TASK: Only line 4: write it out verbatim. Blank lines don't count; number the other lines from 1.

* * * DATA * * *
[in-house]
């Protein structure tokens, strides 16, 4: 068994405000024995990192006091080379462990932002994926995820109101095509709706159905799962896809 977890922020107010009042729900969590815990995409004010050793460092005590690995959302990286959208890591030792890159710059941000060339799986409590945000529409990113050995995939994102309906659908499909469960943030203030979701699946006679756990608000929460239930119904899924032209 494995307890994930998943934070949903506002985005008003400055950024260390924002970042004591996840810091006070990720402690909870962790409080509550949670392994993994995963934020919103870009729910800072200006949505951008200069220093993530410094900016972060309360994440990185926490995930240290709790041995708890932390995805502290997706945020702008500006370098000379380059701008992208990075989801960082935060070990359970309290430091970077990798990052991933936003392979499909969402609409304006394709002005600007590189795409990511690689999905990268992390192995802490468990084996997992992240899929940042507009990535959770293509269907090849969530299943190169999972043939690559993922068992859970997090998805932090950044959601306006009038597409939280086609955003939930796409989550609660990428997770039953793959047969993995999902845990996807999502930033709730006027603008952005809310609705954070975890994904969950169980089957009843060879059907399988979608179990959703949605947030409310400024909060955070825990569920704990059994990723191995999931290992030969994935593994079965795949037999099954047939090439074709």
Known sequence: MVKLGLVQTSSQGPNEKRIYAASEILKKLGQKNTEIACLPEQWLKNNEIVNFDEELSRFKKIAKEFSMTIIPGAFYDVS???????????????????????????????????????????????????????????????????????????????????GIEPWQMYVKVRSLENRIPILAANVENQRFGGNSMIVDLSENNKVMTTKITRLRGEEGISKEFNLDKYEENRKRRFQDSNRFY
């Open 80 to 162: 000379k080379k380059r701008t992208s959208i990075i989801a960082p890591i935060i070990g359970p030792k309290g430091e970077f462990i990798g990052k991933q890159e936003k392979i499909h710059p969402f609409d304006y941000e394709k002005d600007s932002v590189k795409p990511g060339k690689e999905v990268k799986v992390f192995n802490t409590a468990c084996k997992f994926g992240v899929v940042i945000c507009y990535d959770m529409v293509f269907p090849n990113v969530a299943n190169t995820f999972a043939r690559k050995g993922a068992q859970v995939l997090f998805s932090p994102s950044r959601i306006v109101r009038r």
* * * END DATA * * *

């Open 80 to 162: 000379k080379k380059r701008t992208s959208i990075i989801a960082p890591i935060i070990g359970p030792k309290g430091e970077f462990i990798g990052k991933q890159e936003k392979i499909h710059p969402f609409d304006y941000e394709k002005d600007s932002v590189k795409p990511g060339k690689e999905v990268k799986v992390f192995n802490t409590a468990c084996k997992f994926g992240v899929v940042i945000c507009y990535d959770m529409v293509f269907p090849n990113v969530a299943n190169t995820f999972a043939r690559k050995g993922a068992q859970v995939l997090f998805s932090p994102s950044r959601i306006v109101r009038r």